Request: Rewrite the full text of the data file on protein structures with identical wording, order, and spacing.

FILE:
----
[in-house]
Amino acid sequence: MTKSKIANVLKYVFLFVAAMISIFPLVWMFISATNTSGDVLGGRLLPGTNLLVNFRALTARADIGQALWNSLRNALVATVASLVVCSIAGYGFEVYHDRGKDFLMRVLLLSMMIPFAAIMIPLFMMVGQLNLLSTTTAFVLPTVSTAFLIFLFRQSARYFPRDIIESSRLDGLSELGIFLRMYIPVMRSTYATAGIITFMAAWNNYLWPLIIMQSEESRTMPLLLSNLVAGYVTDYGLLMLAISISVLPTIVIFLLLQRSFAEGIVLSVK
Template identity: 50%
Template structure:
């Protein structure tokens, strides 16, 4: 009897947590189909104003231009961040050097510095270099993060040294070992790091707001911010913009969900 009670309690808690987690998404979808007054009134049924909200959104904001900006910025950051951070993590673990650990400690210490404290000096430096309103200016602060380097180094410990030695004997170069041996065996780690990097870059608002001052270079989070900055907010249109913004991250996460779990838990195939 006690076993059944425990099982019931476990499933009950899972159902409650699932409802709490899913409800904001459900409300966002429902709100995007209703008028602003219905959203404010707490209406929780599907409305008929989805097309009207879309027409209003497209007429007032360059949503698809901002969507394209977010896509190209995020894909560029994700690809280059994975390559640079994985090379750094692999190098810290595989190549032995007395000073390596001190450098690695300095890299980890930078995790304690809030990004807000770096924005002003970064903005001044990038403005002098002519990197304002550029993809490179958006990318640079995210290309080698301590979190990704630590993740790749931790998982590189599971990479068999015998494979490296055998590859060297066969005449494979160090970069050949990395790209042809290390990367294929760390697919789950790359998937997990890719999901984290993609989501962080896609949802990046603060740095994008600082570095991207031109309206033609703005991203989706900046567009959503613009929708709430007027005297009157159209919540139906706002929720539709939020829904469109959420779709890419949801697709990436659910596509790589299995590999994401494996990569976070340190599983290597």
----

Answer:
[in-house]
Amino acid sequence: MTKSKIANVLKYVFLFVAAMISIFPLVWMFISATNTSGDVLGGRLLPGTNLLVNFRALTARADIGQALWNSLRNALVATVASLVVCSIAGYGFEVYHDRGKDFLMRVLLLSMMIPFAAIMIPLFMMVGQLNLLSTTTAFVLPTVSTAFLIFLFRQSARYFPRDIIESSRLDGLSELGIFLRMYIPVMRSTYATAGIITFMAAWNNYLWPLIIMQSEESRTMPLLLSNLVAGYVTDYGLLMLAISISVLPTIVIFLLLQRSFAEGIVLSVK
Template identity: 50%
Template structure:
């Protein structure tokens, strides 16, 4: 009897947590189909104003231009961040050097510095270099993060040294070992790091707001911010913009969900 009670309690808690987690998404979808007054009134049924909200959104904001900006910025950051951070993590673990650990400690210490404290000096430096309103200016602060380097180094410990030695004997170069041996065996780690990097870059608002001052270079989070900055907010249109913004991250996460779990838990195939 006690076993059944425990099982019931476990499933009950899972159902409650699932409802709490899913409800904001459900409300966002429902709100995007209703008028602003219905959203404010707490209406929780599907409305008929989805097309009207879309027409209003497209007429007032360059949503698809901002969507394209977010896509190209995020894909560029994700690809280059994975390559640079994985090379750094692999190098810290595989190549032995007395000073390596001190450098690695300095890299980890930078995790304690809030990004807000770096924005002003970064903005001044990038403005002098002519990197304002550029993809490179958006990318640079995210290309080698301590979190990704630590993740790749931790998982590189599971990479068999015998494979490296055998590859060297066969005449494979160090970069050949990395790209042809290390990367294929760390697919789950790359998937997990890719999901984290993609989501962080896609949802990046603060740095994008600082570095991207031109309206033609703005991203989706900046567009959503613009929708709430007027005297009157159209919540139906706002929720539709939020829904469109959420779709890419949801697709990436659910596509790589299995590999994401494996990569976070340190599983290597």